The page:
Media centre

Press releases

• Archive

Newsletter no. 12

Newsletter no. 11

Newsletter no. 10

• Archive

Events

Frequently asked questions

Official statements

Contact information

 

In the field

© UNICEF Romania
Motherly love: A new mum and her newborn at Pantelimon Hospital

Education begins on the maternity ward

by Debbie Stowe

New topics polarise opinion as much as childrearing. What’s the best age to have a baby? Caesarean or natural birth? Fixed mealtimes or feeding on demand? But where most are in agreement is the old adage that “breast is best”. Breastfeeding confers numerous health benefits on both mother and baby as well as facilitating parent-child bonding, of which more later. In these times, recession or not, it’s always free and delivered with love.

However, despite the pro-breastfeeding consensus, many new mothers would be hard pressed to explain what’s so good about it. Addressing this lack of knowledge is one of the many tasks that UNICEF has set out to achieve through its Baby Friendly Hospital Initiative. The advances are manifest. In participating maternity wards, babies now lie alongside their mothers in specially adapted cots attached to the side of the mother’s bed, provided by UNICEF with support from private sector sponsors. Known as “rooming in”, it’s a far cry from the old practice of tightly swaddling newborns and whisking them off to another room, away from the mother, thereby preventing crucial early bonding. This old orthodoxy – a misguided attempt to ensure straight limbs – is still the norm in certain areas, something else UNICEF is working to change.

At Pantelimon Hospital, in district 2 of Bucharest, the new mothers mostly look relaxed and content, their babies at their side, despite their recent efforts and pain. Eighteen-year-old Claudia, whose first child, Ion Jean Alexandru, is just two days old, endorsed the new set-up: “It would be bad if he was in another room.” Most of her information on childrearing has come from magazines and her mum, as well as her own experience of taking care of her two younger brothers, with whom she still lives, while her own mother worked. Ion was not planned but Claudia wanted him as soon as she found out she was pregnant, and his father’s family got over their initial reluctance and have already been to see their new grandson.

Claudia has started breastfeeding, persevering although she found it painful at first. She is adamant that she will continue, even though she does it because it feels natural, not because she is aware of any of the benefits it brings to her or her child. This is where the ward team comes in, encouraging Claudia and her fellow new mothers to try and persist with breastfeeding and enlightening them as to its countless advantages. The teenager, who left school in the eighth grade, is open and willing to learn. And training is provided in the hospital, with staff helping the women to prepare for the huge challenge that has just begun.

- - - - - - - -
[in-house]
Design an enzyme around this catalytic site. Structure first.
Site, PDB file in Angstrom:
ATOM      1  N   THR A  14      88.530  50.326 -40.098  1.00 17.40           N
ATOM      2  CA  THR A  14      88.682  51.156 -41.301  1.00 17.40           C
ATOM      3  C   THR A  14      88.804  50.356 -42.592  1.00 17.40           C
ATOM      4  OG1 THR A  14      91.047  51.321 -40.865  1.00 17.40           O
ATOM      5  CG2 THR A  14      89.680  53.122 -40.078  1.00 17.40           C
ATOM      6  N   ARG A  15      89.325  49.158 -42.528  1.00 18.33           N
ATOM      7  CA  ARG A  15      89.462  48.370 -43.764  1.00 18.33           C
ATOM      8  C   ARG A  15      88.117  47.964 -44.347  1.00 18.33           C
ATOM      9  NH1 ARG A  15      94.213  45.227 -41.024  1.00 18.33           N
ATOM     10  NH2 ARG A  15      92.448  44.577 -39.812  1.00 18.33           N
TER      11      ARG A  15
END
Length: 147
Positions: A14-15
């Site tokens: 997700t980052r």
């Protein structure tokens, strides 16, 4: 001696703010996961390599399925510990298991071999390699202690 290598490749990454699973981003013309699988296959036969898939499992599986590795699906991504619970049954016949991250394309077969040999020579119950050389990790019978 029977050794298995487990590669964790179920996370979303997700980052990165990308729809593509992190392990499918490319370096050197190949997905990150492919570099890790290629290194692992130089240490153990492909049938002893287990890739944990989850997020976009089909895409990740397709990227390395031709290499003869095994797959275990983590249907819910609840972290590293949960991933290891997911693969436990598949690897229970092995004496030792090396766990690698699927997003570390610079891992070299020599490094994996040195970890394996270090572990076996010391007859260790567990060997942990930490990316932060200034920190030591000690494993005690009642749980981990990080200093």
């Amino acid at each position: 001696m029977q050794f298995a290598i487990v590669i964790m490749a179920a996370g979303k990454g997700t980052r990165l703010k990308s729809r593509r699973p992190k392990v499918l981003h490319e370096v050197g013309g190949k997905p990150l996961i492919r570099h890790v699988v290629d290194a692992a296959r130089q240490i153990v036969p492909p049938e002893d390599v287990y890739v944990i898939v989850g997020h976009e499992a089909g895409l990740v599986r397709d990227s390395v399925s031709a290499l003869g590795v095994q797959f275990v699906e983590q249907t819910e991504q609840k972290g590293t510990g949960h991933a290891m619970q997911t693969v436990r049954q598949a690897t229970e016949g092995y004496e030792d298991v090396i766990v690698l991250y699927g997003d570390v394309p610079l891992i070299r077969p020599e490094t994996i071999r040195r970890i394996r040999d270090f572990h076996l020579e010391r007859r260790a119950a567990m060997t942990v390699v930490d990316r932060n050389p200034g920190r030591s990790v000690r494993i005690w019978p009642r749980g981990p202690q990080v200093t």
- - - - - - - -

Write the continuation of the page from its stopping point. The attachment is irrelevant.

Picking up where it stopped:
In the next room is Mioara, a Roma woman of 28 who has just given birth to her second child, Marius Ionuţ. He was born at great risk to his mother, who suffers from serious heart and neurological complications brought on by the repeated beatings she suffered at the hands of her elder daughter’s father (who left her because of the health problems he had caused). With 11 other sons to take care of, her own mother won’t be able to provide much help, but she will be supported by Marius’s father and her daughter.

Mioara exemplifies the well-meaning ignorance of many of the women who pass through the ward, who range in age from 13 to nearly 50, about half of whom come from the villages near Bucharest. “Nobody told me what to do with my daughter,” she says. Hearing it was good to massage a baby in oil, Mioara dropped her baby in the bath – “Who could tell me to put the oil on after the bath, not before!” She is a keen exponent of breastfeeding, having nursed her daughter until she was three. “There’s nothing healthier than mother’s milk,” she says, although, like Claudia, she cannot name any of the actual advantages.

The list of advantages is a long one. Babies who are nursed enjoy higher survival chances in their early months of life, due to breast milk’s protection against potentially lethal infection, including diarrhoea and breathing problems. A breastfed child has a reduced risk of suffering from cancer, obesity, diabetes, asthma and ear, stomach and chest infections. Behaviour, speech and social skills also get a boost. And nursing avoids the associated risks of bottle-feeding, such as from faulty sterilisation. Health benefits also accrue for the mother, notably reduced incidence of breast, uterine and ovarian cancer, hip fractures, osteoporosis, heart disease, heart attack, stroke, high blood pressure, high cholesterol, diabetes and depression. The skin-to-skin contact inherent in nursing could, if adopted universally, prevent hypothermia, saving about 200,000 lives annually. And the bonding the practice cements also reduces the risk of child abandonment.

The Baby Friendly Hospital Initiative aims to impart this information to new parents. By training doctors and nurses to educate women in the benefits of breastfeeding and child nutrition, dedicating a special room to nurse-led training in how to take care of a newborn and supplying leaflets and DVDs for use at home, UNICEF hopes to equip women like Claudia and Mioara to be the good mothers that they are determined to be.

UNICEF Romania/ Teenage mother Claudia nurses two-day-old Ion. The benefits of breastfeeding are among the topics covered by staff as part of the UNICEF Baby Friendly Hospital Initiative.

 

 

 

 

Download


Unite for Children
No 5, 2009


[PDF]
(PDF documents require Acrobat Reader to view.)
Search:

 Email this article

unite for children